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      Morphologic Characteristics of Aortic Valve Sclerosis by Transesophageal Echocardiography: Importance for the Prediction of Coronary Artery Disease


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          Aortic valve sclerosis (AVS) is associated with myocardial infarction and mortality. Since it is not cost effective to test all patients with AVS for coronary artery disease (CAD), the identification of high-risk patients is important. We developed a morphologic classification system for AVS by transesophageal echocardiography and correlated the subtypes of AVS with the presence of cardiovascular disease. AVS in general was not associated with CAD. However, among patients with mixed nodular and diffuse AVS, the prevalence of CAD and previous coronary artery bypass graft surgery were higher than among those without this mixed type (p = 0.02 and 0.008, respectively). We concluded that the finding of mixed nodular and diffuse AVS identifies patients at increased risk for CAD. Thus, the echocardiographic assessment of AVS morphology is of clinical relevance.

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          Most cited references 6

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          Correlation between lipoprotein(a) and aortic valve sclerosis assessed by echocardiography (the JMS Cardiac Echo and Cohort Study)

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            Association of mitral annulus calcification, aortic valve sclerosis and aortic root calcification with abnormal myocardial perfusion single photon emission tomography in subjects age < or =65 years old.

            We examined the hypothesis that mitral annulus calcification (MAC), aortic valve sclerosis (AVS) and aortic root calcification (ARC) are associated with coronary artery disease (CAD) in subjects age or =2) calcium (or sclerosis) deposits with diabetes or multiple (> or =2) coronary risk factors were significantly associated with abnormal SPECT in women age 55 years old (OR, 10.00) and in men age < or =55 years old (OR, 5.55). Multivariate analyses identified multiple calcium deposits as a significant predictor for an abnormal SPECT in women (p < 0.001), younger subjects age < or =55 years (p < 0.05) and the total group of subjects (p < 0.01). When coronary risk factors are also taken into consideration, the presence of multiple calcium deposits in the mitral annulus, aortic valve or aortic root appears to be a marker of CAD in men < or =55 years old and women.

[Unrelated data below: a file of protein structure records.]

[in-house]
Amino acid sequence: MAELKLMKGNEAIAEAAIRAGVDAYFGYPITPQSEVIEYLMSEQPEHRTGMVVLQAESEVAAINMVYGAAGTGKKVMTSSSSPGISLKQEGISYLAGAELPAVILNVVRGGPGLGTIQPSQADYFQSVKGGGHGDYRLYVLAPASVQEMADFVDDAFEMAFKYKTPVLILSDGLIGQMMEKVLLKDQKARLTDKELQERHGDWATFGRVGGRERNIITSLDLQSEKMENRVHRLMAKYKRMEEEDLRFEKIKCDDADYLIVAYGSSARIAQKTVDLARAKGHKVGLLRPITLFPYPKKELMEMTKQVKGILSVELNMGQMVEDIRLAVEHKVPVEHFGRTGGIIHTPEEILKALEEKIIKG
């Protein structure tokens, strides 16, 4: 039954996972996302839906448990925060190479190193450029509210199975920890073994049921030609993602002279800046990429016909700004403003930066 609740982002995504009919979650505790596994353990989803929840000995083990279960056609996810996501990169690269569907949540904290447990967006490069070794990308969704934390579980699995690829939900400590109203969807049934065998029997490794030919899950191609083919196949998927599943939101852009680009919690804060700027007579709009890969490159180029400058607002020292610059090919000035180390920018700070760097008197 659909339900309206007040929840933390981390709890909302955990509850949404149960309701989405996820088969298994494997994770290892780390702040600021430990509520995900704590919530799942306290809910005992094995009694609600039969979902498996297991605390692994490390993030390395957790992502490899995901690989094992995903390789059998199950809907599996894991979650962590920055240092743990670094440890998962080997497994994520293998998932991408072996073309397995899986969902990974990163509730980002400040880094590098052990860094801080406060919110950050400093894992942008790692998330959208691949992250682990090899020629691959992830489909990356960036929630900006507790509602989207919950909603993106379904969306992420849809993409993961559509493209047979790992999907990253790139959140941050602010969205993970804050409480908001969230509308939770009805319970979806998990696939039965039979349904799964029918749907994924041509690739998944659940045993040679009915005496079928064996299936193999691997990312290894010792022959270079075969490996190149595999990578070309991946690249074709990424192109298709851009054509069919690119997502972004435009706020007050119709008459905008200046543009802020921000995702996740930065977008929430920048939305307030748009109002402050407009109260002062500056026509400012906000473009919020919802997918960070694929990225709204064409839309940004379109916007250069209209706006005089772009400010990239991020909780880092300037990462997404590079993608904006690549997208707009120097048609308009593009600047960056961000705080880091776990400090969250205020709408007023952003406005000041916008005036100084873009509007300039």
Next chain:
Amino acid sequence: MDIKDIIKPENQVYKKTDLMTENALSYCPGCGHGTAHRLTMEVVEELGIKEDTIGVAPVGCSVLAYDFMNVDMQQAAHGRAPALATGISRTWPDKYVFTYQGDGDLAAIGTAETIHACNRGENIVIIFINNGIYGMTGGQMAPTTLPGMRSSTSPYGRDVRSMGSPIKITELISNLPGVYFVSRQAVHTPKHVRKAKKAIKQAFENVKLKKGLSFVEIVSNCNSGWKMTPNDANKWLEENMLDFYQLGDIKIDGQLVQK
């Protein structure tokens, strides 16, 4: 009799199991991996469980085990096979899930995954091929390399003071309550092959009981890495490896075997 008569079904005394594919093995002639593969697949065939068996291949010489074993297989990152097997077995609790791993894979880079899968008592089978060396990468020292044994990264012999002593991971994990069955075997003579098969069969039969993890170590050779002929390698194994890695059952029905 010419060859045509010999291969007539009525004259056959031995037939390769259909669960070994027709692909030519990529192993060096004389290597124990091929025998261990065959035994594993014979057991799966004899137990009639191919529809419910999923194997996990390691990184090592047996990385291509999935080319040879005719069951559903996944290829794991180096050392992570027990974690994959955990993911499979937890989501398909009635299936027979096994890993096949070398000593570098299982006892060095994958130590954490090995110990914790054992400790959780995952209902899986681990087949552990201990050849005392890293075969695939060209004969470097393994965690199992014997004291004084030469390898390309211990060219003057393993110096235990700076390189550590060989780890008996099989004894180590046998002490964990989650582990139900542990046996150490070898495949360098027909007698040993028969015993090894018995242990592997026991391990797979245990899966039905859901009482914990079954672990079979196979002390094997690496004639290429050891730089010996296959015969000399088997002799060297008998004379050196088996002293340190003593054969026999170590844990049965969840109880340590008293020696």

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              Factors leading to progression of valvular aortic stenosis.

              The rate of progression of aortic stenosis (AS) in adults is variable. To determine whether clinical or echocardiographic variables are associated with more rapid hemodynamic progression, we identified 91 AS patients (initial valve area or = 6 months. From the first study, left ventricular dimensions and AS severity were measured by standard Doppler-echocardiographic methods. Each aortic valve was graded for severity of calcification and degree of restricted leaflet motion; the sum of these grades provided a severity index reflecting leaflet pathology. Clinical and electrocardiographic variables were abstracted from medical records. Mean age was 68 years (range 29 to 89) and 61 were women. Initial AS severity ranged from an aortic valve area of 0.6 to 2.0 cm2 (median 1.3 cm2). During a mean follow-up of 1.8 years the aortic valve area decreased 0.04 cm2/year. The patient group with more rapid progression (decrease in aortic valve area > or = 0.1 cm2/year) had a larger proportion of men (p <0.01) and patients with an elevated serum creatinine (p = 0.04), a higher left ventricular mass index (p = 0.01), and a higher severity index (p <0.001). Multivariable regression analysis identified the severity index (direct relation) and the initial aortic valve area (inverse relation) as the only independent variables associated with more rapid progression. In conclusion, the rate of AS progression, although highly variable, is more rapid when leaflet calcification is more marked.

                Author and article information

                S. Karger AG
                November 2002
                07 November 2002
                : 98
                : 3
                : 154-158
                aCedars-Sinai Medical Center, Los Angeles, Calif., bMayo Clinic, Scottsdale, Ariz., and cVeterans Affairs Medical Center, Albuquerque, N. Mex., USA
                66314 Cardiology 2002;98:154–158
                © 2002 S. Karger AG, Basel

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                Page count
                Figures: 3, Tables: 4, References: 14, Pages: 5
                Noninvasive and Diagnostic Cardiology


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